Kyle and I did one more stride as we approached the starting line, and then the official had us take our lane assignments and held up the starting gun. As Kyle confirmed that my left foot was perfectly set up at the line, and our tether was snug in our hands, I breathed deeply and exhaled, and the gun went off. It felt so magical to run! Stride for stride Kyle and I were comfortably gliding down the back straight of the track. The first lap was soon behind us, and for those first 76 seconds, I felt no pain in my left foot! Now we were into the mentally challenging part of the race- 2 laps that need to be as consistent as possible even as fatigue starts to set in. It was then that somehow, instinctually, I slowed down my pace, feeling that if I pushed my speed something unknown was waiting for me. Not being able to communicate much to Kyle, I managed to slow our pace down, and as we approached the last 300 meters of the race, I felt sharp pain on my left foot each time it made contact with the track. It was as one of my Doctor’s had said, “The first 400 meters will feel great, the next 800 will not feel that comfortable, and the last 300 may be painful. But you are in shape, you’re an experienced athlete, and you can get through it to qualify for the games.” He was exactly right!
Thankfully we were now on the home straight with 60 meters to go. It was then that I felt and heard an unforgettable sound, “SNAP”! My left foot seem to shorten up it’s stride and in that split second I knew, “It Broke!” In that instant, I knew my 2nd metatarsal bone had just snapped! A rush of adrenalin swept through my body, and my only thought was “Finish the race!” Thanks to Kyle’s continued encouragement, he guided me across the finish line, and into the hugs of my family and friends whom I hadn’t seen in months and some in years!
After a handful of pictures with my family, I was quickly escorted to the Medical tent. I recapped what I had felt, and after a few tests, and applying ice to my foot, the pain was unforgettably intense. As tears streamed down my cheeks, and as I wondered how I would heal, and unsure of whether I had made the Team, I was approached by the US Anti-Doping Agency- “You’ve been selected for random drug testing.” I’m all about “competing clean”, but the thought of somehow walking on a broken foot to a toilet that seemed far away, was unbearable. John graciously stepped in and carried me off to the drug testing zone. An hour later, I finally emerged and was off to an Urgent Care facility for X-rays. A great staff attended me, and the Dr. Confirmed “it’s definitely broken, but it’s a clean break. No misaligned bones, no chips, a nice clean break.” I was then given a pair of boots, the one for my left foot was to keep my foot as immobile as possible, and the one for my right foot was just to help keep me balanced! Actually, I managed to convince the Dr. That I should have 2 boots for balance purposes! Then came the newest experience of all, a pair of crutches!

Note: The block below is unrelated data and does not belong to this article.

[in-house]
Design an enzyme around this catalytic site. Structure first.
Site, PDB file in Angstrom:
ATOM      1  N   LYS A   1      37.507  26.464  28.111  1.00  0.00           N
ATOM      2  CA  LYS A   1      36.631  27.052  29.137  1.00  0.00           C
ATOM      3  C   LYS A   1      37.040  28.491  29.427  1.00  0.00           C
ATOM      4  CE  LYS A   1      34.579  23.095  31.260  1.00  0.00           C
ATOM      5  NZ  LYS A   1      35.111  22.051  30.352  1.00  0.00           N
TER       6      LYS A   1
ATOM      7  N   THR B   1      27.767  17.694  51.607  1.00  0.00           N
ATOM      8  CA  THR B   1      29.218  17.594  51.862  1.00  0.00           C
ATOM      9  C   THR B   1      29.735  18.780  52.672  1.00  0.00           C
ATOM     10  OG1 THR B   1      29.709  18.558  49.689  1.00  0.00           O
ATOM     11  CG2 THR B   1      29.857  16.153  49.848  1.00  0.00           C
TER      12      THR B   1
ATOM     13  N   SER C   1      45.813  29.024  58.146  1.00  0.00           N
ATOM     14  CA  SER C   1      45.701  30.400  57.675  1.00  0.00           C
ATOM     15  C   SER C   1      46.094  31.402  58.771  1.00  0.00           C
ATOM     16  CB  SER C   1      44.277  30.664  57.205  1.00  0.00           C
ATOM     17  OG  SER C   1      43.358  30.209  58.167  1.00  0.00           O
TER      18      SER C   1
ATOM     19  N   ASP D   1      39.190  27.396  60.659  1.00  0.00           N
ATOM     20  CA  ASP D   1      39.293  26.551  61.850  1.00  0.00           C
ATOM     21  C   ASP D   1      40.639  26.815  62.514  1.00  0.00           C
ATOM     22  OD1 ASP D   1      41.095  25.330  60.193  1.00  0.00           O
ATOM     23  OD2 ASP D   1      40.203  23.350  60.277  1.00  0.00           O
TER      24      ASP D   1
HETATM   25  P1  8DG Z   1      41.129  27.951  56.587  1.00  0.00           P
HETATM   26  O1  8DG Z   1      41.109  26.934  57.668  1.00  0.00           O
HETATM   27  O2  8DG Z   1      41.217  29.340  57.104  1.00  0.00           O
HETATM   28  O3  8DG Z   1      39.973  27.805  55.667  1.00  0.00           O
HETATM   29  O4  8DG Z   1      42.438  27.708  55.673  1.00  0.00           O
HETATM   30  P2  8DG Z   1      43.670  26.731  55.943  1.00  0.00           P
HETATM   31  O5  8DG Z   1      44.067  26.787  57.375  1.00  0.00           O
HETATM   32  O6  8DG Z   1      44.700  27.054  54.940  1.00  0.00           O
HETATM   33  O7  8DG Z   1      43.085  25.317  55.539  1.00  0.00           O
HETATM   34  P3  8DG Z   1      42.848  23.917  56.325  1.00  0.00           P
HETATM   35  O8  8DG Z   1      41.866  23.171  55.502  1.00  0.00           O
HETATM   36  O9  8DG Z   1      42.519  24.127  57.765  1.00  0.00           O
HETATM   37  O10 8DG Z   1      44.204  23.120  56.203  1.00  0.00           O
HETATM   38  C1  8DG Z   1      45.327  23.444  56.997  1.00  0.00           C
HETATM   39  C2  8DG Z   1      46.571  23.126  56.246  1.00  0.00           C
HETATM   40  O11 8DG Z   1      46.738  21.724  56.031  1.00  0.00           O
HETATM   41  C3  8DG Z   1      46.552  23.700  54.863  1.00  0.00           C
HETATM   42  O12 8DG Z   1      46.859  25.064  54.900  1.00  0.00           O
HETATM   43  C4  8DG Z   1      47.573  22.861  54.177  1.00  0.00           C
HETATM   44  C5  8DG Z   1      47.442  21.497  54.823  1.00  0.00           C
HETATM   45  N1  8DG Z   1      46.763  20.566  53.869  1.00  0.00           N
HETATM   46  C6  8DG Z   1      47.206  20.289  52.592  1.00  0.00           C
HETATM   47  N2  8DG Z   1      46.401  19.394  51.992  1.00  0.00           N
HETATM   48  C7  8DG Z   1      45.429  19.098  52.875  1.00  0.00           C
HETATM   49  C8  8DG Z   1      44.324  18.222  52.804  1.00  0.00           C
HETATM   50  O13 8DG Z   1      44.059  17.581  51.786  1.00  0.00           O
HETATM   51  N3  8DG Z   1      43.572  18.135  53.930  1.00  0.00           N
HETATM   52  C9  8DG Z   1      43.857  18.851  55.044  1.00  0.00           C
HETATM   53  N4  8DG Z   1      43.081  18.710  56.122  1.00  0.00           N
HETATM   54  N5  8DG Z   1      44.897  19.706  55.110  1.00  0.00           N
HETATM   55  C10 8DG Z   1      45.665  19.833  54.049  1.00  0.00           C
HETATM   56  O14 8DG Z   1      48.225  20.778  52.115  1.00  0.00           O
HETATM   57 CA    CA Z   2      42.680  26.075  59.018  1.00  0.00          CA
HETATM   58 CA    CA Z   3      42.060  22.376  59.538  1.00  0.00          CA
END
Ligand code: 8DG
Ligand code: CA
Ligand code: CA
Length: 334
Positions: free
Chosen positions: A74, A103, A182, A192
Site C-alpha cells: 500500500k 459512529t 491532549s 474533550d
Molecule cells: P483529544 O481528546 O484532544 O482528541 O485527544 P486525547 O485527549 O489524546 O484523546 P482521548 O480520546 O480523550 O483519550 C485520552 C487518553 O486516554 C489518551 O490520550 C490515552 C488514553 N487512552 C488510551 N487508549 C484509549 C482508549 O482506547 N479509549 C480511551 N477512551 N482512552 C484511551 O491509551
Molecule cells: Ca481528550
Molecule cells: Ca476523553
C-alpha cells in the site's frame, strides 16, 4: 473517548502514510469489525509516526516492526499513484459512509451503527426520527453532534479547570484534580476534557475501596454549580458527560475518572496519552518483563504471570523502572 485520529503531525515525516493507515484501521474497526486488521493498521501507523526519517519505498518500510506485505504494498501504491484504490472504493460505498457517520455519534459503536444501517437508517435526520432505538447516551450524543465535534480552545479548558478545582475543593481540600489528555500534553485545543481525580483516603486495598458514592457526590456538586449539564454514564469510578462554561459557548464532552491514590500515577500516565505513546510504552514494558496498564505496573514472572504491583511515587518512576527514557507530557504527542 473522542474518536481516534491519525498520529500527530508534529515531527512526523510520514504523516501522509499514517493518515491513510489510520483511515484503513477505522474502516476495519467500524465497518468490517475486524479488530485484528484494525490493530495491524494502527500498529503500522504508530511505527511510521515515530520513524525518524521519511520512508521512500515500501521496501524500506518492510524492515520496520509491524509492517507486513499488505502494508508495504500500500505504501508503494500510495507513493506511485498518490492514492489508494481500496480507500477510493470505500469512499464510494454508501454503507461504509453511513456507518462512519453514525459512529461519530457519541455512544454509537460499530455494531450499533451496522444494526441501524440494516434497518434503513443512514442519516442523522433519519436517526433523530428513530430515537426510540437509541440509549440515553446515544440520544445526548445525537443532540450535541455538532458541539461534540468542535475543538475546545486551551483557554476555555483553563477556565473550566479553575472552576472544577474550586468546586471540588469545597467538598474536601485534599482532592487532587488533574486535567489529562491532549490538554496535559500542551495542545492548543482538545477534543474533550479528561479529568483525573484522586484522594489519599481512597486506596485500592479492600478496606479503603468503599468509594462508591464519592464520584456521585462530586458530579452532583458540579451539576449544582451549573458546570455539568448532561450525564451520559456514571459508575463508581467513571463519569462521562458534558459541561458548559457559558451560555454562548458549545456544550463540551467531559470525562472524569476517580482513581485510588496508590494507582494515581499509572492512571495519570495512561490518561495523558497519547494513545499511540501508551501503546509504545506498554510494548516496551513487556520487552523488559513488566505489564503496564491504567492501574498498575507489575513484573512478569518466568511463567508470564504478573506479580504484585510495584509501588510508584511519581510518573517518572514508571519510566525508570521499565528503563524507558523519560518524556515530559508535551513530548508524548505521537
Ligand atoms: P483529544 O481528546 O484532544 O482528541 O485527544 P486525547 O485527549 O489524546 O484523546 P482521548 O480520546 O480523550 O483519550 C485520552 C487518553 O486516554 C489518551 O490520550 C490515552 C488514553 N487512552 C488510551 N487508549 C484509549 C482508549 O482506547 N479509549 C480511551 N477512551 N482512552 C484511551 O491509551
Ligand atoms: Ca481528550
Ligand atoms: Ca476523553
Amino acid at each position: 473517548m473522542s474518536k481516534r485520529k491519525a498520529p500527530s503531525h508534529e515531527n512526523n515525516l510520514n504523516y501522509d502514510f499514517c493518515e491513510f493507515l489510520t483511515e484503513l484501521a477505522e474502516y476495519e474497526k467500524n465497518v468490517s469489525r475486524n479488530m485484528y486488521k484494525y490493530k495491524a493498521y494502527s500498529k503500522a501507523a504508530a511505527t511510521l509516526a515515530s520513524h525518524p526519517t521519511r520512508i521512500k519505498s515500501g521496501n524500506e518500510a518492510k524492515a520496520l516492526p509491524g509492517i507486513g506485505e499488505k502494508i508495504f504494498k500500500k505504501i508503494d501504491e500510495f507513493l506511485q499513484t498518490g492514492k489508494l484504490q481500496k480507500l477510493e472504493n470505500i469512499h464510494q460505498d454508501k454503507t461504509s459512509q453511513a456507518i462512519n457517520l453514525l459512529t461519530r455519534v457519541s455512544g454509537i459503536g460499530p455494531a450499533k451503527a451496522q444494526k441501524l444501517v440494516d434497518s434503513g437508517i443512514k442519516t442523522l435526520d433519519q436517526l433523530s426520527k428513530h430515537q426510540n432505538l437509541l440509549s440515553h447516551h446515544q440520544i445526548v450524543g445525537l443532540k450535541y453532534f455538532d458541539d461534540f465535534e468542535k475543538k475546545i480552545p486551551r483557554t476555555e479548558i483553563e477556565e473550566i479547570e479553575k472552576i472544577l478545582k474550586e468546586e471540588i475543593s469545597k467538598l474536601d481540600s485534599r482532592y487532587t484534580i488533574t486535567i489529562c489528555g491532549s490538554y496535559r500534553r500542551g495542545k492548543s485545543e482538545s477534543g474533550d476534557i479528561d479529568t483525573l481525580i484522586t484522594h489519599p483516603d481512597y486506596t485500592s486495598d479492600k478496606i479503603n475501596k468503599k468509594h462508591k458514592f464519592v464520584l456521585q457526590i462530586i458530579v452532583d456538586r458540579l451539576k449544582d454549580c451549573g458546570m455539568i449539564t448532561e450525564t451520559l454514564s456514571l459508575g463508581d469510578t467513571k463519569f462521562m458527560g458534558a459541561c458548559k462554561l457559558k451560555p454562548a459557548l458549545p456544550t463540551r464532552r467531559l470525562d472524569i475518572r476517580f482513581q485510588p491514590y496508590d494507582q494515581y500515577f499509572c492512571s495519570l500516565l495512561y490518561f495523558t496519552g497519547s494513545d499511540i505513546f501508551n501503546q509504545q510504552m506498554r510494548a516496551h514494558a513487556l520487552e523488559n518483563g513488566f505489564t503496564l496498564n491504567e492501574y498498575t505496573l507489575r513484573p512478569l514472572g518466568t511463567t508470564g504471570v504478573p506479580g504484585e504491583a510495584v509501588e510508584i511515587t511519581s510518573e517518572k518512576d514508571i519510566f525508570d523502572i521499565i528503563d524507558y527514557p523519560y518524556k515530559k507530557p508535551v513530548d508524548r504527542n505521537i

I’ll have to post some video of me trying to figure out how crutches work,. It would not be possible to use a cane while using crutches, so navigating independently would be a challenge. If there’s anything I seem to handle well though, it’s challenges. So as not to dwell on that too much, I opted to go find something to eat now that it was 10:00PM, and a cold drink to sip on and ease the pain! Thank you to the Center City Hilton hotel “for keeping your restaurant open past 11:00PM”, and for the wonderful company to close out Saturday July 2, 2016!
On July 3, 2016, The US Paralympics announced the athletes that would represent the United States of America at the 2016 Paralympic Games – Ivonne Mosquera-Schmidt from New York City, and Guide Runner Kyle Wardwell will be representing the US in the Women’s T11 (totally blind) 1500 meters in Rio De Janeiro!
I’m only full of gratitude and thanks to all of you for your amazing and unwavering support and encouragement throughout this journey. Our lives are forever changed with each experience, and I know that each day we do the best that we can do that day and every day!
©2009-2016 Copyright Ivonne Mosquera-Schmidt all rights reserved.